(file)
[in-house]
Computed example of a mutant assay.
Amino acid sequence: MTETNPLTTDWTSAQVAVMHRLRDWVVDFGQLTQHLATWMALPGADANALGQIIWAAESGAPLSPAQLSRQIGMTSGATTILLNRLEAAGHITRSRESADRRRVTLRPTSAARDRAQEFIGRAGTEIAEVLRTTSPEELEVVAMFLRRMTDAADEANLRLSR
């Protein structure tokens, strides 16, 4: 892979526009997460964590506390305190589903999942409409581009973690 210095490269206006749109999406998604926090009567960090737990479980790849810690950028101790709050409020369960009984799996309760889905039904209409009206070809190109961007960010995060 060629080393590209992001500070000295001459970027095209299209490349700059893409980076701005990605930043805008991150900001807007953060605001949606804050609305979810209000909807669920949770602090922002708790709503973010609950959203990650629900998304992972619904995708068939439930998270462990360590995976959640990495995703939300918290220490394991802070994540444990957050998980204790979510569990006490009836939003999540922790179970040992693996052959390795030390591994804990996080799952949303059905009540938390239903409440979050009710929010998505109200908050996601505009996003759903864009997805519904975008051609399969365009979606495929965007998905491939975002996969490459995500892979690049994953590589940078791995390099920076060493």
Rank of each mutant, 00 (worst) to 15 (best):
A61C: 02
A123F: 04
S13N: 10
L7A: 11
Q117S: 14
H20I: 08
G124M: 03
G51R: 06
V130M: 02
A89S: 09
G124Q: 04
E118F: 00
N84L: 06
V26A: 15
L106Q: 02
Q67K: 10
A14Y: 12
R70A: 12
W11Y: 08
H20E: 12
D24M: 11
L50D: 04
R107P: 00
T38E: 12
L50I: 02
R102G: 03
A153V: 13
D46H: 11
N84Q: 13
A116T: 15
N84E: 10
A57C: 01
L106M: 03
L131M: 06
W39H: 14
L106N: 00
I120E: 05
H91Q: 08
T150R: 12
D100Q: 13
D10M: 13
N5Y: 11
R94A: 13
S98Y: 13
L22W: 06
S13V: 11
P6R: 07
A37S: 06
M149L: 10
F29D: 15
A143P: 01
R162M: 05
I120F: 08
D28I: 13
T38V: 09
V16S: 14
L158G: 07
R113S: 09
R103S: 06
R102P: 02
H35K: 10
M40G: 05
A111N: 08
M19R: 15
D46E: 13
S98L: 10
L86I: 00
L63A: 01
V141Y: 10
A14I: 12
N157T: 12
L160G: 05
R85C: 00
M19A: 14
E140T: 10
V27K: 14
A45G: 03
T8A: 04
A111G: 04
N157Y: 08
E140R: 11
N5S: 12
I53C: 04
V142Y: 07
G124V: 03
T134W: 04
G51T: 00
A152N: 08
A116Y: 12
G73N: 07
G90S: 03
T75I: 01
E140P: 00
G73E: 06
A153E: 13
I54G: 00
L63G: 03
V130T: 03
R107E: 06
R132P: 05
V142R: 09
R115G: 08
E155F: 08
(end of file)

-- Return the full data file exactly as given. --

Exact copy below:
[in-house]
Computed example of a mutant assay.
Amino acid sequence: MTETNPLTTDWTSAQVAVMHRLRDWVVDFGQLTQHLATWMALPGADANALGQIIWAAESGAPLSPAQLSRQIGMTSGATTILLNRLEAAGHITRSRESADRRRVTLRPTSAARDRAQEFIGRAGTEIAEVLRTTSPEELEVVAMFLRRMTDAADEANLRLSR
């Protein structure tokens, strides 16, 4: 892979526009997460964590506390305190589903999942409409581009973690 210095490269206006749109999406998604926090009567960090737990479980790849810690950028101790709050409020369960009984799996309760889905039904209409009206070809190109961007960010995060 060629080393590209992001500070000295001459970027095209299209490349700059893409980076701005990605930043805008991150900001807007953060605001949606804050609305979810209000909807669920949770602090922002708790709503973010609950959203990650629900998304992972619904995708068939439930998270462990360590995976959640990495995703939300918290220490394991802070994540444990957050998980204790979510569990006490009836939003999540922790179970040992693996052959390795030390591994804990996080799952949303059905009540938390239903409440979050009710929010998505109200908050996601505009996003759903864009997805519904975008051609399969365009979606495929965007998905491939975002996969490459995500892979690049994953590589940078791995390099920076060493």
Rank of each mutant, 00 (worst) to 15 (best):
A61C: 02
A123F: 04
S13N: 10
L7A: 11
Q117S: 14
H20I: 08
G124M: 03
G51R: 06
V130M: 02
A89S: 09
G124Q: 04
E118F: 00
N84L: 06
V26A: 15
L106Q: 02
Q67K: 10
A14Y: 12
R70A: 12
W11Y: 08
H20E: 12
D24M: 11
L50D: 04
R107P: 00
T38E: 12
L50I: 02
R102G: 03
A153V: 13
D46H: 11
N84Q: 13
A116T: 15
N84E: 10
A57C: 01
L106M: 03
L131M: 06
W39H: 14
L106N: 00
I120E: 05
H91Q: 08
T150R: 12
D100Q: 13
D10M: 13
N5Y: 11
R94A: 13
S98Y: 13
L22W: 06
S13V: 11
P6R: 07
A37S: 06
M149L: 10
F29D: 15
A143P: 01
R162M: 05
I120F: 08
D28I: 13
T38V: 09
V16S: 14
L158G: 07
R113S: 09
R103S: 06
R102P: 02
H35K: 10
M40G: 05
A111N: 08
M19R: 15
D46E: 13
S98L: 10
L86I: 00
L63A: 01
V141Y: 10
A14I: 12
N157T: 12
L160G: 05
R85C: 00
M19A: 14
E140T: 10
V27K: 14
A45G: 03
T8A: 04
A111G: 04
N157Y: 08
E140R: 11
N5S: 12
I53C: 04
V142Y: 07
G124V: 03
T134W: 04
G51T: 00
A152N: 08
A116Y: 12
G73N: 07
G90S: 03
T75I: 01
E140P: 00
G73E: 06
A153E: 13
I54G: 00
L63G: 03
V130T: 03
R107E: 06
R132P: 05
V142R: 09
R115G: 08
E155F: 08